Tobacco smoke exposure and allergic sensitization in children: A propensity score analysis

Department of Public Health Sciences Division of Allergy and Clinical Immunology, Henry Ford Hospital, Detroit, Michigan Department of Pediatrics, Georgia Health Sciences University, Augusta, Georgia, USA.
Respirology (Impact Factor: 3.35). 05/2012; 17(7):1068-72. DOI: 10.1111/j.1440-1843.2012.02201.x
Source: PubMed


Background and objective: There is conflicting evidence of the effect of environmental tobacco smoke (ETS) on the development of allergic diseases in children. Studies have shown that this relationship differs depending on maternal history of the disease. We employed the rigour of propensity score methods to assess this relationship using data from a birth cohort.
Methods: Using n = 662 children from the Wayne County Health, Environment, Allergy and Asthma Longitudinal Study, we assessed the relationship between early-life ETS and subsequent allergic sensitization via a positive skin prick test (SPT+) or at least one specific immunoglobulin E (IgE) ≥ 0.35 (sIgE+) in children aged 2–3 years. Propensity score estimation followed by full and nearest neighbour matching was compared with standard multivariable regression models.
Results: Among children without a maternal history of allergic disease, ETS was positively associated with allergic sensitization in children with an adjusted odds ratio (aOR) for SPT+ of 2.32 (95% confidence interval (CI): 1.28–4.22) and the aOR for sIgE+ was 2.53 (95% CI: 1.43–4.48). Contrarily, for children with a positive maternal history, the aOR for SPT+ and sIgE+ was 0.56 (95% CI: 0.24–1.32) and 0.43 (95% CI: 0.20–0.91), respectively.
Conclusions: Using propensity score methods to rigorously control for confounding factors, ETS exposure was found to reduce the risk of allergic sensitization in children with a positive maternal history. There is a strong association between early-life ETS and the development of allergic sensitization for children aged 2–3 years without maternal history.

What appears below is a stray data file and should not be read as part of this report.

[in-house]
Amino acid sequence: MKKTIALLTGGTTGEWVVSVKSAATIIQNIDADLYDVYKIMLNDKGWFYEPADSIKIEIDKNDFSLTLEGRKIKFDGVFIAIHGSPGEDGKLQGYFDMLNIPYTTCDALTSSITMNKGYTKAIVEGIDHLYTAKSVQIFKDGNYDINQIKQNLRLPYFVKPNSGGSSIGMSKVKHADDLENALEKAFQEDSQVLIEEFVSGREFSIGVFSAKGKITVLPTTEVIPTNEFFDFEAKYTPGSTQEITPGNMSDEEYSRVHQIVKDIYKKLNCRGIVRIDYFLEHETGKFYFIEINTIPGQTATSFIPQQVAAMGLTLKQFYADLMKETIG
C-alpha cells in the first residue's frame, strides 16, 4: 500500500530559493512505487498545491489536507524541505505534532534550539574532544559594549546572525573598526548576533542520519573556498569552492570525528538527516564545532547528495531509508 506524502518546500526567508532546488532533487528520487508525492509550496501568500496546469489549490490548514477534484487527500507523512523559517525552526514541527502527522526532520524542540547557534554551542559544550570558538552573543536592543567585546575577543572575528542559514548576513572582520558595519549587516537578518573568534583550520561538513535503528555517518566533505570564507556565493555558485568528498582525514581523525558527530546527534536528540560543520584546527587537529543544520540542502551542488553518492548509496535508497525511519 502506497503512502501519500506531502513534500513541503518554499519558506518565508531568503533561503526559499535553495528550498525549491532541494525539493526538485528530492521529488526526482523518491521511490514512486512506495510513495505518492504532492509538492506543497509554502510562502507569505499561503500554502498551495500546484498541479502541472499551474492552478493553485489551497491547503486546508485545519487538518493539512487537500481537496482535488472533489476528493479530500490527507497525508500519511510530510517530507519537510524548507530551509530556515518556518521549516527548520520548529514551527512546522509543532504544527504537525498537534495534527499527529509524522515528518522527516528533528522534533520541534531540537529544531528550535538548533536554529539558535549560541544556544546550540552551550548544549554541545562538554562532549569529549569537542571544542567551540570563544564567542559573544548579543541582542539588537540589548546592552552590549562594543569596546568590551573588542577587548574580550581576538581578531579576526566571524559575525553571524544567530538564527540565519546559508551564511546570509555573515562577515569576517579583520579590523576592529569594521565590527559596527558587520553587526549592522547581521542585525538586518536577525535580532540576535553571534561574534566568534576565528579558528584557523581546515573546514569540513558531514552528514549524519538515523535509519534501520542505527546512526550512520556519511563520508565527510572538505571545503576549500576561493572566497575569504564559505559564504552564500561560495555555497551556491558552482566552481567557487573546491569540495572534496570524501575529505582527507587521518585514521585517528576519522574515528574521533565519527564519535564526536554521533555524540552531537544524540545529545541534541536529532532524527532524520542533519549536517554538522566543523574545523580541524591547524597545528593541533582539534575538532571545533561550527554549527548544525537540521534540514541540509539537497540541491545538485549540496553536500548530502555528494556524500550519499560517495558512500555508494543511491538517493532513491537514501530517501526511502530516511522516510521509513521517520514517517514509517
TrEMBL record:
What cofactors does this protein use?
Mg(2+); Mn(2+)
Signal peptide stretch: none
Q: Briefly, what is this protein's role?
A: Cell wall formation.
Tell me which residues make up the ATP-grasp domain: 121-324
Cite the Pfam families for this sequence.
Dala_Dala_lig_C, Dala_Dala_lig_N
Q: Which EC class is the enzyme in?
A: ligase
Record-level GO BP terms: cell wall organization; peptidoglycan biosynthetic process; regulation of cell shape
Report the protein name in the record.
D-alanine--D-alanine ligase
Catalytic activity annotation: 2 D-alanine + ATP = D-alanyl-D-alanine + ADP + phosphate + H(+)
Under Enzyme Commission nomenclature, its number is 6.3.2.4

Download full-text


Available from: Jerel Ezell, Jun 24, 2015
  • Source
    [Show abstract] [Hide abstract]
    ABSTRACT: Despite the well publicised health effects of passive smoking, many young children are still exposed to cigarette smoke in the home. Exposure to environmental tobacco smoke (ETS) often begins in-utero, due to maternal smoking, and continues during childhood if parents or regular visitors smoke. Worldwide, the prevalence of smoking during pregnancy varies between less than 10% to over 30%, and although smoking amongst pregnant women and women of child bearing age are decreasing in some countries, they are increasing in others © 2012 The Authors. Respirology © 2012 Asian Pacific Society of Respirology.
    Respirology 08/2012; 17(7):1029-30. DOI:10.1111/j.1440-1843.2012.02241.x · 3.35 Impact Factor
  • [Show abstract] [Hide abstract]
    ABSTRACT: Purpose of review: There is increasing evidence that the prenatal window represents a critical period in which the developing immune system may be primed toward an allergic phenotype. Studies have investigated the role of a number of maternal environmental exposures on subsequent allergic disorders in the offspring. We summarize findings from recent studies on prenatal environmental factors influencing IgE levels, atopy, and early asthma. Recent findings: A building literature supports the influence of maternal exposure to environmental pollutants, such as allergens, traffic-related air pollution, tobacco smoke, and organochlorine compounds and social factors on allergic outcomes. More novel associations have been investigated, such as the effect of prenatal exposures to phthalates, bisphenol A, and magnetic fields. There is also rising interest in epigenetics as a pathway of action by which maternal exposure affect immune health. Summary: Emerging research highlights the challenges of investigating in-utero exposures and of relating exposures to such a heterogeneous and complex outcome as allergic disease. Further research is needed on the mechanisms by which prenatal exposure influences allergic response in childhood and how postnatal, familial and social factors, and sex can modify disease outcomes. Epigenetics is a promising new frontier, and likely one of several explanatory factors.
    Current Opinion in Allergy and Clinical Immunology 02/2013; 13(2). DOI:10.1097/ACI.0b013e32835e82d3 · 3.57 Impact Factor
  • Source
    [Show abstract] [Hide abstract]
    ABSTRACT: Asthma and COPD continue to have considerable impact on disease burden and mortality world-wide. Early diagnosis still remains a challenge, with low uptake of spirometry in many countries. Implementing best practice management for airways disease is a critical goal for health care systems - the management now includes pharmacological and non-pharmacological approaches to the lung disease, as well as recognition and treatment of comorbidities. Finally the pathogenesis of airways disease continues to be fertile field of investigation, in order to better prevent disease, slow progression, and identify relevant biomarkers. A large number of studies published in Respirology in 2012 have addressed all of these important clinical and scientific issues, and made major contributions to advance this field and hopefully improve outcomes for patients with asthma and COPD.
    Respirology 04/2013; 18(3). DOI:10.1111/resp.12049 · 3.35 Impact Factor
Show more